Is Mold Testing Necessary?

Is Mold Testing Necessary?

Why You Need Mold Testing Services

Mold testing provides the means for detection of toxic molds.
If you can actually see mold, do you still have to test for mold? Yes. Here’s why.

  • You want to be sure that any discoloration or staining you think is mold actually is mold. And, if it is, precisely what type of mold is it so the mold can be removed correctly.
  • You want to be assured that you and anyone living or working with you in the building have not been exposed to molds that may cause health problems.
  • You want to avoid confusion with similar molds that may not present a mold problem.
  • You may need documentation on the types of the molds in case of litigation.

Objectives of mold inspection and mold testing

Specifically, where there is no obvious visible mold growth, SafeAir Certified Mold Inspection tests for mold to find out if airborne mold spores are present or absent. If toxic black mold spores are present, we then determine their compositions and concentrations, which is especially important in situations where occupants of the building complain of not feeling well.

Where mold growth is visible, we test to determine if the mold spores have become airborne. The information obtained can be used in monitoring the effectiveness of mold removal, and also can indicate if there has been human exposure.

For example, our detailed mold inspection objectives in hospital environments are to…

  • Detect the growth of Aspergillus fumigatusAspergillus flavus, and Aspergillus niger, which cause aspergilloses in immuno-compromised patients.
  • Determine if outbreaks of invasive aspergillosis resulted from the hospital’s construction or demolition activities.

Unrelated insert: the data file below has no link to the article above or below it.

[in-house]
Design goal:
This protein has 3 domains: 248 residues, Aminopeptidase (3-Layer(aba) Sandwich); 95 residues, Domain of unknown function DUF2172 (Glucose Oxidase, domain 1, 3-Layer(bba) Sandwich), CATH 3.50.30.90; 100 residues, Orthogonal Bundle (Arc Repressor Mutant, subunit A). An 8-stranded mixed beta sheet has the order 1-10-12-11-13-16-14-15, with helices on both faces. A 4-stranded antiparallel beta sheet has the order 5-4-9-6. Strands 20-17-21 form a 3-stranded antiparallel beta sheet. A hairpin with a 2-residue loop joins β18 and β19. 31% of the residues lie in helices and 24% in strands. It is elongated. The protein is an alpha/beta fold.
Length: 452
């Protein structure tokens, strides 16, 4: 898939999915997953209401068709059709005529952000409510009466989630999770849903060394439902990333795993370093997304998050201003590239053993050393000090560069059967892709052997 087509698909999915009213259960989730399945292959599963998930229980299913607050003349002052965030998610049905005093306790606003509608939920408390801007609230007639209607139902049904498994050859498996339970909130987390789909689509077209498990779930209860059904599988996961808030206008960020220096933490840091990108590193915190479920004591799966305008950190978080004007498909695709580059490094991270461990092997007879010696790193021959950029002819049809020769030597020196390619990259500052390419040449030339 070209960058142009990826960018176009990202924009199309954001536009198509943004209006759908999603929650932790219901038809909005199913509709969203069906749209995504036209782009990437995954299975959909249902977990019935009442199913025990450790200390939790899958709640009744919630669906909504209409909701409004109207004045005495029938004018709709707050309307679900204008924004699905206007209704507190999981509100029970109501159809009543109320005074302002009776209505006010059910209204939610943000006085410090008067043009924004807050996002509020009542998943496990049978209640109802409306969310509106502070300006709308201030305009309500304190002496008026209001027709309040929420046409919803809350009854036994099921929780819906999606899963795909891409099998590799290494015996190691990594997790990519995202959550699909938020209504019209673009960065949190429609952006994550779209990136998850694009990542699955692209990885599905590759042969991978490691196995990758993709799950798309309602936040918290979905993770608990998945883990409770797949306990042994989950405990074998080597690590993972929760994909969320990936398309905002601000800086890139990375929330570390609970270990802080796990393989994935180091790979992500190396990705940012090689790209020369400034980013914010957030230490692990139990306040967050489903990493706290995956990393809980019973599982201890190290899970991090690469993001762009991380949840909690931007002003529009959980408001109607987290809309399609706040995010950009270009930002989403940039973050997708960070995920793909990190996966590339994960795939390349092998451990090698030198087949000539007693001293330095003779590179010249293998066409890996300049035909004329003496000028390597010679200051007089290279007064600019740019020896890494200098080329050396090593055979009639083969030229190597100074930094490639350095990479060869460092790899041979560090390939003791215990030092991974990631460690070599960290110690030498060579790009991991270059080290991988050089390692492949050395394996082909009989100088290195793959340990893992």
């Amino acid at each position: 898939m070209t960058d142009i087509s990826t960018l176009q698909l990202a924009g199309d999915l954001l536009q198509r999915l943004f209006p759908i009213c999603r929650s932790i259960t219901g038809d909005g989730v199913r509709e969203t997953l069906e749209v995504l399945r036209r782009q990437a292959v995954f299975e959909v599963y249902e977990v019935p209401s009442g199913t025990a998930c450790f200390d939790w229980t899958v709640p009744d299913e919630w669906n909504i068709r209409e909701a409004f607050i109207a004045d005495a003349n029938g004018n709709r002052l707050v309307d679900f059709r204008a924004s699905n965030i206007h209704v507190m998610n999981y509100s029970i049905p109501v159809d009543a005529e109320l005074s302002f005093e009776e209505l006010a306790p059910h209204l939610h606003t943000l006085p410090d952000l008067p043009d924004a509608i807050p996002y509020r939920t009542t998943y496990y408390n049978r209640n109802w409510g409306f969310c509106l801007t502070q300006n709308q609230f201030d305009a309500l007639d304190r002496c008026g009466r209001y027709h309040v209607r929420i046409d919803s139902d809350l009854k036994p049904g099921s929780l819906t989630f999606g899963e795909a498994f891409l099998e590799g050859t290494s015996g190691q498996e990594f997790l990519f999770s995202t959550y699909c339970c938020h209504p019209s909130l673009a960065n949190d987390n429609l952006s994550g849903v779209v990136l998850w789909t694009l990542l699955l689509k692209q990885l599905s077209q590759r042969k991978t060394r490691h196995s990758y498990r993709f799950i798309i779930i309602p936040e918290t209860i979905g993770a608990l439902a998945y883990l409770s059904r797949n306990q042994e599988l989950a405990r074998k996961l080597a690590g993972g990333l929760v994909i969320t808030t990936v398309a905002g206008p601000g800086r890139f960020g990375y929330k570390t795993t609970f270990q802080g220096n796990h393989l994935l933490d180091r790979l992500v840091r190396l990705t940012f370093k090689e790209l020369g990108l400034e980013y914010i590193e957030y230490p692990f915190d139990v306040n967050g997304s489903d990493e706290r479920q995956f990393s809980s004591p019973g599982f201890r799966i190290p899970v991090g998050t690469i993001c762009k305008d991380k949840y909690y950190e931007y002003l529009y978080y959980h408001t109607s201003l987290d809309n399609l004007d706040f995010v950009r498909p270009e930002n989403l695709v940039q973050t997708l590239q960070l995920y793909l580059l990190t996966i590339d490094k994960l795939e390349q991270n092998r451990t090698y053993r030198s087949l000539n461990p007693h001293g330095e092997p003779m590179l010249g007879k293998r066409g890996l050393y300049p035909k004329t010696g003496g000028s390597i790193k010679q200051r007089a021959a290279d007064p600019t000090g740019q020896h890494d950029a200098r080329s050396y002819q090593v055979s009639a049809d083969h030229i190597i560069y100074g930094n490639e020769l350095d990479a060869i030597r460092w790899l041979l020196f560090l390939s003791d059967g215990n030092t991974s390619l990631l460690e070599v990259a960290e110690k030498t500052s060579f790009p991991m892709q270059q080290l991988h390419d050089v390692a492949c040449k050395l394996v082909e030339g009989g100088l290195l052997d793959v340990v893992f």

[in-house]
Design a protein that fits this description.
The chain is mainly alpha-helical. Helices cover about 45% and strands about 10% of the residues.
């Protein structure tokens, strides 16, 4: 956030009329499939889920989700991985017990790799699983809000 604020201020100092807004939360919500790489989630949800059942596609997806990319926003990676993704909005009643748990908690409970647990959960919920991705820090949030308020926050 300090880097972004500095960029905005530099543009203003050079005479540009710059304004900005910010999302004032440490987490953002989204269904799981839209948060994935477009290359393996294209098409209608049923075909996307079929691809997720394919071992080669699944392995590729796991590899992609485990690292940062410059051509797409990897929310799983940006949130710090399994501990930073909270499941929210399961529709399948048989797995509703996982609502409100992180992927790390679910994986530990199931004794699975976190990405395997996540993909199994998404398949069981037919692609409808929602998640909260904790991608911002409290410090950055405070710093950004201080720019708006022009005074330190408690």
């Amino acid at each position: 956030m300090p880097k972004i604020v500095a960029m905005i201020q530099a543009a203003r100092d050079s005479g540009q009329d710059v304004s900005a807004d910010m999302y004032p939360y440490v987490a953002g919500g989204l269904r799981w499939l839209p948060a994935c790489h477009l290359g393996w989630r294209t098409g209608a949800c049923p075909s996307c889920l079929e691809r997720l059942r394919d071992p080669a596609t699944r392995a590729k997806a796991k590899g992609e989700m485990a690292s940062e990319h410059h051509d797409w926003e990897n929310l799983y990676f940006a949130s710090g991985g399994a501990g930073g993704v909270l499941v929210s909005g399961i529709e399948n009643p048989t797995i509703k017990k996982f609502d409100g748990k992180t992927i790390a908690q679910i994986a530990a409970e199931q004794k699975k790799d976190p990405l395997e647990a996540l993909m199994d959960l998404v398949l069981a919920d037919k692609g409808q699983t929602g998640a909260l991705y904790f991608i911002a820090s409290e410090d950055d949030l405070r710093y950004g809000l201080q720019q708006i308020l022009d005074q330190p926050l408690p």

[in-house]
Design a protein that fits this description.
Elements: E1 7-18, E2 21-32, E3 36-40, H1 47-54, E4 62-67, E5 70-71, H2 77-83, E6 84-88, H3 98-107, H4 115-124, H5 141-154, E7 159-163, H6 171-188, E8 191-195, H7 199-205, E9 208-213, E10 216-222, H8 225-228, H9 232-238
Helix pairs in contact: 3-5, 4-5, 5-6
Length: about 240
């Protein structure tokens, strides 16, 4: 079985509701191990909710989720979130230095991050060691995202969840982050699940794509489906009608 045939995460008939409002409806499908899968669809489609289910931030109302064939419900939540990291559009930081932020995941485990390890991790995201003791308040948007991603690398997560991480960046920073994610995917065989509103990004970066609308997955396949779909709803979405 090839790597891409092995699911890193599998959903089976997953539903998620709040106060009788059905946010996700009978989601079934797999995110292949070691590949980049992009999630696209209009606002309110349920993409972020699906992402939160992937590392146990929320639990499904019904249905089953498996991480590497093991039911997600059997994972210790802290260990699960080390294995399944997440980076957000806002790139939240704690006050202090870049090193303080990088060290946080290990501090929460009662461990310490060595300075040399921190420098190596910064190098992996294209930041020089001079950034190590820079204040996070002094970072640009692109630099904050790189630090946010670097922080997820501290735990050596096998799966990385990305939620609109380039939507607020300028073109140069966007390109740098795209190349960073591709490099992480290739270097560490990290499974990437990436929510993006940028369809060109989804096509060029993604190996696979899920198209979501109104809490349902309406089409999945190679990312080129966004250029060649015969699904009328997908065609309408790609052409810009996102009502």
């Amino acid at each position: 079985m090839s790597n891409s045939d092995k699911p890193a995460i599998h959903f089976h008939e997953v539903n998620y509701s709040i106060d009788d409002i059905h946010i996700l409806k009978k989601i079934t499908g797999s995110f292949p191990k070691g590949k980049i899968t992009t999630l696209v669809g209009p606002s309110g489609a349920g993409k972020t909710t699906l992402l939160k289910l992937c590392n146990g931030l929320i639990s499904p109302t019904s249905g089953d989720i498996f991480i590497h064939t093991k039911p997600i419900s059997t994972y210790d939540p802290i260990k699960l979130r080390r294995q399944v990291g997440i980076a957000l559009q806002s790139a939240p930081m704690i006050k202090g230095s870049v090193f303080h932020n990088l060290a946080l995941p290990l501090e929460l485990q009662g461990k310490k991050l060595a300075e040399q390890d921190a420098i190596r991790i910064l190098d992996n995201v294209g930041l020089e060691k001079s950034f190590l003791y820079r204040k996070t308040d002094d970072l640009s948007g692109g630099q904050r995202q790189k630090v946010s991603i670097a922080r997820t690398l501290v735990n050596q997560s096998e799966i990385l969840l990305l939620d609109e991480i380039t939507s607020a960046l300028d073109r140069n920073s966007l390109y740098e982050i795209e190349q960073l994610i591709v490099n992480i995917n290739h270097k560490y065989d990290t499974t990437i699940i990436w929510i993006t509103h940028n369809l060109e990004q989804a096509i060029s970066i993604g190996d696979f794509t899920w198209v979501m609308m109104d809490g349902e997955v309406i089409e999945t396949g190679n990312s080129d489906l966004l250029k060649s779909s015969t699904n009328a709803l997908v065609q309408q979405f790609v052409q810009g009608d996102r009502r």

• Determine potential sources of nosocomial aspergillosis.
  • Monitor environmental mold spore contamination from outside sources.
  • Identify cleaning procedures that could release high concentrations of airborne Aspergillus mold spores.
  • Evaluate the effectiveness of HEPA filters in laminar flow facilities.
  • Evaluate the effectiveness of procedures to contain hospital building work from hospital wards and other areas where high-risk patients are managed.
  • Determine the level of mold contamination before initial occupancy of special controlled environments, such as operating rooms.

Data required with mold inspection and mold testing

Once we have defined the objectives of our mold inspection, and the decision has been made to test for mold, certain data is required, particularly the analytical details needed to determine the type and number of mold samples to take during mold testing. The level of analytical details required depends on the questions the analytical results must answer. For example, we might want to know whether certain discolorations are mold or due to mold growth, and if so, which mold type. To answer that, it would be sufficient to take a lift tape sample for direct microscopic examination (DME) analysis.